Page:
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Afghanistan pullout: Nato betrays its own values if interpreters and other local staff are left at risk

A man wearing British military uniform speaks to an Afghani man wearing sunglasses and a headscarf.
Close colleagues: a British soldier with an Afghani translator after a suicide attack on a convoy of Western troops in Kabul, 2007. REUTERS/Desmond Boylan

The announcement of the US and Nato military withdrawal from Afghanistan later this year has elicited many responses, not least expressions of concern about the plight of interpreters and other local staff employed by western military forces. These concerns are not new but now have renewed urgency.

The release of 5,000 Taliban prisoners in 2020 as part of a US-brokered peace deal has already exacerbated fears about the insecure future of local Afghan staff. The United Nations High Commissioner for Refugees (UNHCR) has long recognised that local Afghan staff, including local interpreters, security guards, cultural advisers and the rest, employed by western states are targeted by insurgent forces due to their association with the western military intervention.

Because the killings of former local staff are not tracked systematically, estimates of the number who have already been killed vary in the range of hundreds to more than 1,000. For many years during this long war, Afghan civilian employees have drawn attention to their need for protection. Advocacy and support organisations across the world have lobbied their governments and the United Nations (UN) to resettle their local staff.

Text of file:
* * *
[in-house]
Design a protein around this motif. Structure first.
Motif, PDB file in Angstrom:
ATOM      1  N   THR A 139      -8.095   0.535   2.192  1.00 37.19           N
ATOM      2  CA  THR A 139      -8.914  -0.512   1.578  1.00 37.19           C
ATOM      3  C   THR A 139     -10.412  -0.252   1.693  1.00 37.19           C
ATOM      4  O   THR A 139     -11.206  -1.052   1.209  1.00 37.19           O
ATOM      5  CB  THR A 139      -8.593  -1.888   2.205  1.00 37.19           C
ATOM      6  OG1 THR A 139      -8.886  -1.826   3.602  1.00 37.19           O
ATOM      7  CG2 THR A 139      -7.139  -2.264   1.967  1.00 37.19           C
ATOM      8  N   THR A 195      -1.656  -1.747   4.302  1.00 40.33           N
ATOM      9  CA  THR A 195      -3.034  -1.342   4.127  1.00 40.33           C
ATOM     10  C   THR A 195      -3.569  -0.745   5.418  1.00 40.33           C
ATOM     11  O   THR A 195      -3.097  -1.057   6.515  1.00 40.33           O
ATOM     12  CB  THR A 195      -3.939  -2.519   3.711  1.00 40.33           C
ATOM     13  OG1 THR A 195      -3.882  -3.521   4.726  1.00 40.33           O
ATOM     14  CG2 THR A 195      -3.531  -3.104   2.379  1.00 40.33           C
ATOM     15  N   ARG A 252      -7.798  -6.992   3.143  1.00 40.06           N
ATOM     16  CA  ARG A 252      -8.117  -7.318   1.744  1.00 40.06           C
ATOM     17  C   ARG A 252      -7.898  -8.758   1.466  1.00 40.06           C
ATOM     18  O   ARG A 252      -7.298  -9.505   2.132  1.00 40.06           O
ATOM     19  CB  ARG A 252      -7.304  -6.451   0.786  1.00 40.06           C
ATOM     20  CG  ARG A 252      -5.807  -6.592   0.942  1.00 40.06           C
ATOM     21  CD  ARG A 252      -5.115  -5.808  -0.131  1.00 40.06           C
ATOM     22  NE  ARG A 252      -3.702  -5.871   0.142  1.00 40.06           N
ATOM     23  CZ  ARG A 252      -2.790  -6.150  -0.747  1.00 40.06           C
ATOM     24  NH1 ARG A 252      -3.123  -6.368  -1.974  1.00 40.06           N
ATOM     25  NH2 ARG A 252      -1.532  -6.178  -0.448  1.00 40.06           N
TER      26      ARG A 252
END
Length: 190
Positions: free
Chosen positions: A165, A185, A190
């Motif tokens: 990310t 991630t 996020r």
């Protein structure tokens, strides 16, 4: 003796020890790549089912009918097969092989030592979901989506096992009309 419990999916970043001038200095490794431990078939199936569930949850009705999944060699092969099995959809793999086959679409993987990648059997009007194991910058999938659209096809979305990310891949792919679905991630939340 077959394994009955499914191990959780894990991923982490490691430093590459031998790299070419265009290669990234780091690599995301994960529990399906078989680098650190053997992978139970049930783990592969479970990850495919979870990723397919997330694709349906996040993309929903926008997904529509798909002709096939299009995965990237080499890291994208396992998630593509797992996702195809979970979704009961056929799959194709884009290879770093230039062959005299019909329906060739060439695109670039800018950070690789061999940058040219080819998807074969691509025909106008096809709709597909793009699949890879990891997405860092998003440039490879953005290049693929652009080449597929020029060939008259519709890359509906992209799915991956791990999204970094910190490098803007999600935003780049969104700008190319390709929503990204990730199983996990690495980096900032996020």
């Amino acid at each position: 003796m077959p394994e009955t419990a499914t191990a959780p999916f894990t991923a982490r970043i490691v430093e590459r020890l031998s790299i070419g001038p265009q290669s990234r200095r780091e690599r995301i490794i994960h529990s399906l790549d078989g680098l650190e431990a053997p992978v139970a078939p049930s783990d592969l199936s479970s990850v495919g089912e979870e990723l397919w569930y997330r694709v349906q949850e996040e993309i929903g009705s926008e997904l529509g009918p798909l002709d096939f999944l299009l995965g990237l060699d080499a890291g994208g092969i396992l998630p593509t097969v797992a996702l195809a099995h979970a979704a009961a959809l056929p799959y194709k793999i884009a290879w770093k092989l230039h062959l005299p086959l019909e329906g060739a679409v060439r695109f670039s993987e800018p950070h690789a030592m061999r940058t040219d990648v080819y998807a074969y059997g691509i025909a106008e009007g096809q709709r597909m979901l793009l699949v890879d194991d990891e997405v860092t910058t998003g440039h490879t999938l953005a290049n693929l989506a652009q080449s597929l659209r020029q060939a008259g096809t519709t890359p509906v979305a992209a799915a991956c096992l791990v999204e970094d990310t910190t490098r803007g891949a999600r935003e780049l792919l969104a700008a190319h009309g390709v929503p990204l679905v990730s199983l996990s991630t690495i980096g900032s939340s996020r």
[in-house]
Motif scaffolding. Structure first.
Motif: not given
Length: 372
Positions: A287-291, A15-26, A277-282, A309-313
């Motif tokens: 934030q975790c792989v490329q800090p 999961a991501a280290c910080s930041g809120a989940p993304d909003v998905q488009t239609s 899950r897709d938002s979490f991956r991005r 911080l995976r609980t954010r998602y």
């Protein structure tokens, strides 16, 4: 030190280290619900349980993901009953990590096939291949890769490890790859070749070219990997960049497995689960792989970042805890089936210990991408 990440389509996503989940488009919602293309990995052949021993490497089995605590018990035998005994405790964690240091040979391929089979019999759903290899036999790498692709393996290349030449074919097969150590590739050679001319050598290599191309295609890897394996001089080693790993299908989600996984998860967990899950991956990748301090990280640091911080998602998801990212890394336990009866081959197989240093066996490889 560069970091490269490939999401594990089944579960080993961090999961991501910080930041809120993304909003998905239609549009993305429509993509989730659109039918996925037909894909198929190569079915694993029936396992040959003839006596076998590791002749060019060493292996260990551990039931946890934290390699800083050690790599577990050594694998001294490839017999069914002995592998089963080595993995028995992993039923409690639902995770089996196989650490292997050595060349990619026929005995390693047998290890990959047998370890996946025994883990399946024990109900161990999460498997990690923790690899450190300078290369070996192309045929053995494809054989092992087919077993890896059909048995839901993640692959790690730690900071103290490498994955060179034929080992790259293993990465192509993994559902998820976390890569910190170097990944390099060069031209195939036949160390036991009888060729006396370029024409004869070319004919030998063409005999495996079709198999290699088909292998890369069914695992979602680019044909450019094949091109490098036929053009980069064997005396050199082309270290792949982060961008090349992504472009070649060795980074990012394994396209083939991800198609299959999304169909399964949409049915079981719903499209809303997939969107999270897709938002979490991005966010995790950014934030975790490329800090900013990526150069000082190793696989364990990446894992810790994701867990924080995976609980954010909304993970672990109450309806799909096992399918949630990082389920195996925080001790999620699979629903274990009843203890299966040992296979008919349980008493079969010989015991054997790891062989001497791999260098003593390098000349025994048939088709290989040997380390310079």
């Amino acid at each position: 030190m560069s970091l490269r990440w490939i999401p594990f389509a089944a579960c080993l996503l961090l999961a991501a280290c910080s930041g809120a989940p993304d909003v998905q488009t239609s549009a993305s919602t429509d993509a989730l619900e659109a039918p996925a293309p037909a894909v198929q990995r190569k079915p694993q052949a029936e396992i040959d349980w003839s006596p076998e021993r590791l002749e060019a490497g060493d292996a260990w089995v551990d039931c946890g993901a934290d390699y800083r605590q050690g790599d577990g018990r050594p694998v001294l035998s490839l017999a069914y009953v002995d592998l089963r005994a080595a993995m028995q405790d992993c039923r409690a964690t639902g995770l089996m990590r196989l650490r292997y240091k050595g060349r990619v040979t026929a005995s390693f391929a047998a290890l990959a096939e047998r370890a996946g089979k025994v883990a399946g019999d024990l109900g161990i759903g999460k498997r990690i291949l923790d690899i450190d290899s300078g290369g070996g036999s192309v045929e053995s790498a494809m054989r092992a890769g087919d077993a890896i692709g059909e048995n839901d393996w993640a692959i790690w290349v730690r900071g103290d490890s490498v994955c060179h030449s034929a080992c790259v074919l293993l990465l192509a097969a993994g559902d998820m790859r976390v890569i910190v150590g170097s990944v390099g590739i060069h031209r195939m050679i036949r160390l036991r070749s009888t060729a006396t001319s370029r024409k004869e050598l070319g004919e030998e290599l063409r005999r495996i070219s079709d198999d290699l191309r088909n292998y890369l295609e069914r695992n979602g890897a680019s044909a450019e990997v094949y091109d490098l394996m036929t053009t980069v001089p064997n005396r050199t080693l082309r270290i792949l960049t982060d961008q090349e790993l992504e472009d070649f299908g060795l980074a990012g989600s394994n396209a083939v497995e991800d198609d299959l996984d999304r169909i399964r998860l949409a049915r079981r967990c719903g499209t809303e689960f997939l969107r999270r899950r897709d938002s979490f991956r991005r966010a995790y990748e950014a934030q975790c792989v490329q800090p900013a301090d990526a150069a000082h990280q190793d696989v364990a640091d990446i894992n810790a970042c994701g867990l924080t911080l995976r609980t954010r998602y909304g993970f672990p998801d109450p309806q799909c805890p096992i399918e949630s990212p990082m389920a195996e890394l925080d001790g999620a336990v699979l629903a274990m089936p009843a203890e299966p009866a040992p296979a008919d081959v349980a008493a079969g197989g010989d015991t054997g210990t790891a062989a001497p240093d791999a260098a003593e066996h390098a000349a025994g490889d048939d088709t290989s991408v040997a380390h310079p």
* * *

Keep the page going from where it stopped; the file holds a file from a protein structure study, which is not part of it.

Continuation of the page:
‘Ghastly betrayal’

The retired colonel Simon Diggins, a spokesperson for UK advocacy initiative Sulha Alliance and formerly British defence attaché in Kabul, has warned against the “ghastly betrayal” of leaving Afghan local staff behind. American journalist and longstanding advocate George Packer has drawn attention to the US’s “record of betraying its local allies” in Vietnam, where only an estimated 537 of the CIA’s 1,900 local staff and 362 of USAID’s 924 employees were evacuated.

Afghani soldiers looking at bags of ammonium nitrate.
Clear and present danger: Afghan security officials inspect 7,900 kilograms of ammonium nitrate bags discovered hidden in Paktika province, Afghanistan, April 2021. EPA-EFE/Ahmadullah Ahmadi

The notion of betrayal is a useful lens not only to capture the treatment of local staff, but also to highlight the betrayal of the values and international cooperation proclaimed by western states.

In it together?

A recent Nato statement on Afghanistan refers to this cooperation, emphasising that “our troops went into Afghanistan together […] and now we are leaving together.” NATO’s reference to “the progress of the last two decades to safeguard human rights” will likely ring hollow for former Afghan local staff. They are well versed in the language of human rights, as this was the way George W Bush’s justification of the US military intervention in 2001 was – rather opportunistically – framed.